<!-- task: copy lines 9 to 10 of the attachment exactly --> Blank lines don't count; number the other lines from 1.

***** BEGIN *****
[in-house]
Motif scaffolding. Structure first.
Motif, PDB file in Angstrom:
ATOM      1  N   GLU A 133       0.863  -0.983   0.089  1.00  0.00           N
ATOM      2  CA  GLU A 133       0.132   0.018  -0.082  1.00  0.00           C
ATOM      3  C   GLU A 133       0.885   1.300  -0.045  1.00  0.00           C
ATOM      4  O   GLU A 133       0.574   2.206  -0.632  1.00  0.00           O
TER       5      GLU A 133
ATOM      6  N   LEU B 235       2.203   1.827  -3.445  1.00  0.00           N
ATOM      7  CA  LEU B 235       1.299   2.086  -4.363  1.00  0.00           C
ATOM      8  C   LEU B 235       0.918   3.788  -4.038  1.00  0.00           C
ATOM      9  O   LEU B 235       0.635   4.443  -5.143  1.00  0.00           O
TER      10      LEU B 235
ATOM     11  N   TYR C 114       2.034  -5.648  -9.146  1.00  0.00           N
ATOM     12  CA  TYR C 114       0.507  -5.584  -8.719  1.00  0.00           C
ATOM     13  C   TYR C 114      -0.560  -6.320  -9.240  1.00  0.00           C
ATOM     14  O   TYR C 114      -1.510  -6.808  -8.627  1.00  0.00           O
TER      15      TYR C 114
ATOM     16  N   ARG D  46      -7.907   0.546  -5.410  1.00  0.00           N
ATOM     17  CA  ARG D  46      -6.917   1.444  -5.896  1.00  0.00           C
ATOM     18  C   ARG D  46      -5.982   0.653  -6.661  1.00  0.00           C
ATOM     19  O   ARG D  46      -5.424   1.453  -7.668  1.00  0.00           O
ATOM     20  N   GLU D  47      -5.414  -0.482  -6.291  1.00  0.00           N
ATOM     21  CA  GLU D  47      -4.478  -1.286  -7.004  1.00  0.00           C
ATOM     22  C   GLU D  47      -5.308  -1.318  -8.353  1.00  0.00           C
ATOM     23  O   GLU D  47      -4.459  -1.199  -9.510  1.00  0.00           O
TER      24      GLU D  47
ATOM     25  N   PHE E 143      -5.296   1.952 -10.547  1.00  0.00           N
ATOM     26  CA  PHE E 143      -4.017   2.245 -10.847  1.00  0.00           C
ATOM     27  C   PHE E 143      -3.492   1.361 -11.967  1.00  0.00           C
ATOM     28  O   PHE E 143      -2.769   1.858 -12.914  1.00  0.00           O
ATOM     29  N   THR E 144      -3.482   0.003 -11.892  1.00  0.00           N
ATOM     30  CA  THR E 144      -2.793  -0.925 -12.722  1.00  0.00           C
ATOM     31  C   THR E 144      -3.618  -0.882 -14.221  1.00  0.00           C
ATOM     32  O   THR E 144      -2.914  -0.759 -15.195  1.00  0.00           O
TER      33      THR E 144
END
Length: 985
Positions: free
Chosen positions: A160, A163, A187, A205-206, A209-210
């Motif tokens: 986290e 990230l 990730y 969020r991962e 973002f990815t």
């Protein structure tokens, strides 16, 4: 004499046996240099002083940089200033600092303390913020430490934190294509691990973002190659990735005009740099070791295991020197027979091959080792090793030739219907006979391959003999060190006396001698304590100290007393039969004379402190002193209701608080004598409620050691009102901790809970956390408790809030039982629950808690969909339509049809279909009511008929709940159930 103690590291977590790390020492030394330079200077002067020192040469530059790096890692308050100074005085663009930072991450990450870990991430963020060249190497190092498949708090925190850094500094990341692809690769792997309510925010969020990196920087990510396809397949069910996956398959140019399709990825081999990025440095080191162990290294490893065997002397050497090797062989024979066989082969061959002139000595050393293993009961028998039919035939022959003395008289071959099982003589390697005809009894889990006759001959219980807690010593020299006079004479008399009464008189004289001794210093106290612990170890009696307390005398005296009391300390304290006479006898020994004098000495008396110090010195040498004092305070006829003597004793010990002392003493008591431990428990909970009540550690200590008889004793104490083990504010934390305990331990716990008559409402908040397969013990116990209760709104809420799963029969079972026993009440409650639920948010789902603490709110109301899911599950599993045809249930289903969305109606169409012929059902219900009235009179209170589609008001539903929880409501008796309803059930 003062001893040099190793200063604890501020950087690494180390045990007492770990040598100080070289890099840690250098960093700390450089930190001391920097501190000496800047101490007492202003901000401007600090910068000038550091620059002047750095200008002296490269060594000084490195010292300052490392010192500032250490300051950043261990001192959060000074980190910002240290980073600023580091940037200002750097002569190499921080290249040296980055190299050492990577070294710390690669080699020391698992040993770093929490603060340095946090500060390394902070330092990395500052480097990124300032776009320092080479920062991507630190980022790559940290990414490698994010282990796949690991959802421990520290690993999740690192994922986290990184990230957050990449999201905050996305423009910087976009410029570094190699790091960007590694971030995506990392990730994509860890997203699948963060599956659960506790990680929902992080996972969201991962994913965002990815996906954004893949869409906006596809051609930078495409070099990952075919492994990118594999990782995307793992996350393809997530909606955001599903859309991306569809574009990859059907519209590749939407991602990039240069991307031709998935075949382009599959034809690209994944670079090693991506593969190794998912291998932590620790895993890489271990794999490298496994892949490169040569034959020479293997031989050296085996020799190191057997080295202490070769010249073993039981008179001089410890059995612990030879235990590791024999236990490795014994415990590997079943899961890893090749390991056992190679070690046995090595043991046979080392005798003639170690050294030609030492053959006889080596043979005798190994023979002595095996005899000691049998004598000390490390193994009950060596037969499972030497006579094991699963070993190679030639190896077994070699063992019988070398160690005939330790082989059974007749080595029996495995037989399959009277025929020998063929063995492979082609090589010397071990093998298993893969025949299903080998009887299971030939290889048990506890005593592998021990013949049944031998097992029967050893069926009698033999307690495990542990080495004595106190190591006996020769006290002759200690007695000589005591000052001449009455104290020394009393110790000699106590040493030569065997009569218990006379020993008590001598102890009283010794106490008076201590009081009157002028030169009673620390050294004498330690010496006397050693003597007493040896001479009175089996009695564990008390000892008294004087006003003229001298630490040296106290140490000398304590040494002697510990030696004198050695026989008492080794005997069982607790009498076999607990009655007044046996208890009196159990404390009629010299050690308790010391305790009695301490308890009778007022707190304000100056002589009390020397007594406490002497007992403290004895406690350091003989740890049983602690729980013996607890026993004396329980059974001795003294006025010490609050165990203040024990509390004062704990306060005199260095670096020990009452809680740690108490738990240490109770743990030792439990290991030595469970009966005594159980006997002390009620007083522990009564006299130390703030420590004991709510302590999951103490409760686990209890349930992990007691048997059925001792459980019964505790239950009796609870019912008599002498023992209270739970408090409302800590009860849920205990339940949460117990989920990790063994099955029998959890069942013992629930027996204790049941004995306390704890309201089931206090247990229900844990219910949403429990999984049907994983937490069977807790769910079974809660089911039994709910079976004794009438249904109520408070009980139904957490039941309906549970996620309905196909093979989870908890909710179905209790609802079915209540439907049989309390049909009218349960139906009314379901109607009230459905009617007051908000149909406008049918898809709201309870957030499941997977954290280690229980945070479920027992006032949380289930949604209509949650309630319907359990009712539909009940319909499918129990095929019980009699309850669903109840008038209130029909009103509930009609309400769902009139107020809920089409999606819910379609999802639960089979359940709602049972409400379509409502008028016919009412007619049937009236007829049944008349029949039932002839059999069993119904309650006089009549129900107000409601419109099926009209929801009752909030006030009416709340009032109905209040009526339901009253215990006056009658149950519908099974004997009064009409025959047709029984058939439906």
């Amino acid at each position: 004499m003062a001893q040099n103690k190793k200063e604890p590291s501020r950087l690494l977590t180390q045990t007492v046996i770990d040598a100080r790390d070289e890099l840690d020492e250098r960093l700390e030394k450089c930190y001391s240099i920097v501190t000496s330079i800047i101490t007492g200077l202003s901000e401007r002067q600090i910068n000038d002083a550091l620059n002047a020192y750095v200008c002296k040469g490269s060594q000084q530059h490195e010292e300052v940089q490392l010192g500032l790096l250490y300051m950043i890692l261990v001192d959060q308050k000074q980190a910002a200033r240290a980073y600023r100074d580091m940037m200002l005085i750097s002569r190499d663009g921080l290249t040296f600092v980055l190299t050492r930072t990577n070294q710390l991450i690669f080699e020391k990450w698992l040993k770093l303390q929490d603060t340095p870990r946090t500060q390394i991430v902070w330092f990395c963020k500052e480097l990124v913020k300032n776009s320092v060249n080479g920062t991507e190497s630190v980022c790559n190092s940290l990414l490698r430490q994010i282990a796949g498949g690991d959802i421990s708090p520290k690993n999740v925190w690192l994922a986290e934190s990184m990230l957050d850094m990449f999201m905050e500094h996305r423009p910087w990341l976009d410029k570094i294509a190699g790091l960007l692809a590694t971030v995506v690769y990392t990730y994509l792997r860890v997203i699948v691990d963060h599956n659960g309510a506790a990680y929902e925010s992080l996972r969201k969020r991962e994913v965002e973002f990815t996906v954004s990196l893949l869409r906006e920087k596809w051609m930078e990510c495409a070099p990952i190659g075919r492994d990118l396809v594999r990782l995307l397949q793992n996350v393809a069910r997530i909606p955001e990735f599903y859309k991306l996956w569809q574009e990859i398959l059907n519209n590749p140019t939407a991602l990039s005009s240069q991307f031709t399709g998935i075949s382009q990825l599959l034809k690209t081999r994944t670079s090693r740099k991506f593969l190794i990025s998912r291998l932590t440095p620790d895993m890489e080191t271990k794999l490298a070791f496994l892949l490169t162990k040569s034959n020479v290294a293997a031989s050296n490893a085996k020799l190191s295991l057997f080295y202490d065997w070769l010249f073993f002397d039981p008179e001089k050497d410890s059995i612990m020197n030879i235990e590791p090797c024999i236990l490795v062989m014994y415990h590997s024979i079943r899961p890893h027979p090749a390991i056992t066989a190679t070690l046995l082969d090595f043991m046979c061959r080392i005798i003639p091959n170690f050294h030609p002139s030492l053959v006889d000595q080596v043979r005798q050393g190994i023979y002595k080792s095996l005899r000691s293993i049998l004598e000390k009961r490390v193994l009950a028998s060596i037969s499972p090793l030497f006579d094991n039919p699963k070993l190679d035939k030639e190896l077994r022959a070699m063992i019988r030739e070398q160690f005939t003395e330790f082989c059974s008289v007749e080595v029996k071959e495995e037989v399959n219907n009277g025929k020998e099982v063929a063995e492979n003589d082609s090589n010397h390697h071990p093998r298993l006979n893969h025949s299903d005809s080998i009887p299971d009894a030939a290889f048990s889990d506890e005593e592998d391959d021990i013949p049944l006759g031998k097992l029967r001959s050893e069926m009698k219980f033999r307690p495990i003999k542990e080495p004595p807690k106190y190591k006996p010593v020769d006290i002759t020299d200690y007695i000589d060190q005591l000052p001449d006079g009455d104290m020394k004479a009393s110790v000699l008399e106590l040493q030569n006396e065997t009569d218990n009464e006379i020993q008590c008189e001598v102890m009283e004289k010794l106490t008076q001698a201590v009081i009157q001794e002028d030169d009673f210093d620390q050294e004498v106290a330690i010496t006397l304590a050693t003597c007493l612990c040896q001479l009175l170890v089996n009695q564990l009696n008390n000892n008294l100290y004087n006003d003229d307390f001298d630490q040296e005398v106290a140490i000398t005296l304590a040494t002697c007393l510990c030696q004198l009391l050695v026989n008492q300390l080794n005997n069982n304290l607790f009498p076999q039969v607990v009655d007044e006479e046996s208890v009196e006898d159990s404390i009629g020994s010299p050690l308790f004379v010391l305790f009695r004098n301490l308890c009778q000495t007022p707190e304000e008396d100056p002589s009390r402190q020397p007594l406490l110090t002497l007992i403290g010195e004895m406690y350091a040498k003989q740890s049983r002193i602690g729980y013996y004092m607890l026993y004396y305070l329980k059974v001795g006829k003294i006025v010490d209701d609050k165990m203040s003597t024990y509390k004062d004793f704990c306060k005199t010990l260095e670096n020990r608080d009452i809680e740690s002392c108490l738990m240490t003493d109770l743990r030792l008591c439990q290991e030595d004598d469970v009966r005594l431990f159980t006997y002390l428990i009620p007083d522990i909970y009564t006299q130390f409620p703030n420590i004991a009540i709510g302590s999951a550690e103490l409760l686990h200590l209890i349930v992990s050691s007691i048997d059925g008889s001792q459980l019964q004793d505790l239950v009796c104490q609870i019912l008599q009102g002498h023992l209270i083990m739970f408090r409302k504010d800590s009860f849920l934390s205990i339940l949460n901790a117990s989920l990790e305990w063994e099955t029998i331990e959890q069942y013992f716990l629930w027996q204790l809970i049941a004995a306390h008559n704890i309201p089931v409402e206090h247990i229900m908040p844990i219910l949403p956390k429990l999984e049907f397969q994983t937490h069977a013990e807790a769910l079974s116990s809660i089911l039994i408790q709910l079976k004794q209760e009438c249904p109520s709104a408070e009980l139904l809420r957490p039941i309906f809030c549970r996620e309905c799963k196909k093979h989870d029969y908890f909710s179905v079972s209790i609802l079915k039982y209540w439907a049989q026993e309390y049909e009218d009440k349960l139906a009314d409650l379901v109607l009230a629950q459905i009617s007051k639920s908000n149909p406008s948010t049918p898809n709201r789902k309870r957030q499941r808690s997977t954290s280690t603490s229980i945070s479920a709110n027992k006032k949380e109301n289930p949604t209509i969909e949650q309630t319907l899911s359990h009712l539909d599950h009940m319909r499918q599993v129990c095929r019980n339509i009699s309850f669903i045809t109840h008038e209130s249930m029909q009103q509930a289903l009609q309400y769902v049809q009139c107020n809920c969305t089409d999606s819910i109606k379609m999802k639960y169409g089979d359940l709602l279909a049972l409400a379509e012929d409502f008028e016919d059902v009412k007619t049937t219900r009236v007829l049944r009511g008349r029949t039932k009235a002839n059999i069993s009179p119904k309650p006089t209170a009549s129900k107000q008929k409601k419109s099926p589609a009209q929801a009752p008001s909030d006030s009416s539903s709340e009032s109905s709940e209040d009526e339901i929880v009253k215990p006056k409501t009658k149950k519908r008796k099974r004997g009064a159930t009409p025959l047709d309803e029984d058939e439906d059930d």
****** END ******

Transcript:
ATOM      6  N   LEU B 235       2.203   1.827  -3.445  1.00  0.00           N
ATOM      7  CA  LEU B 235       1.299   2.086  -4.363  1.00  0.00           C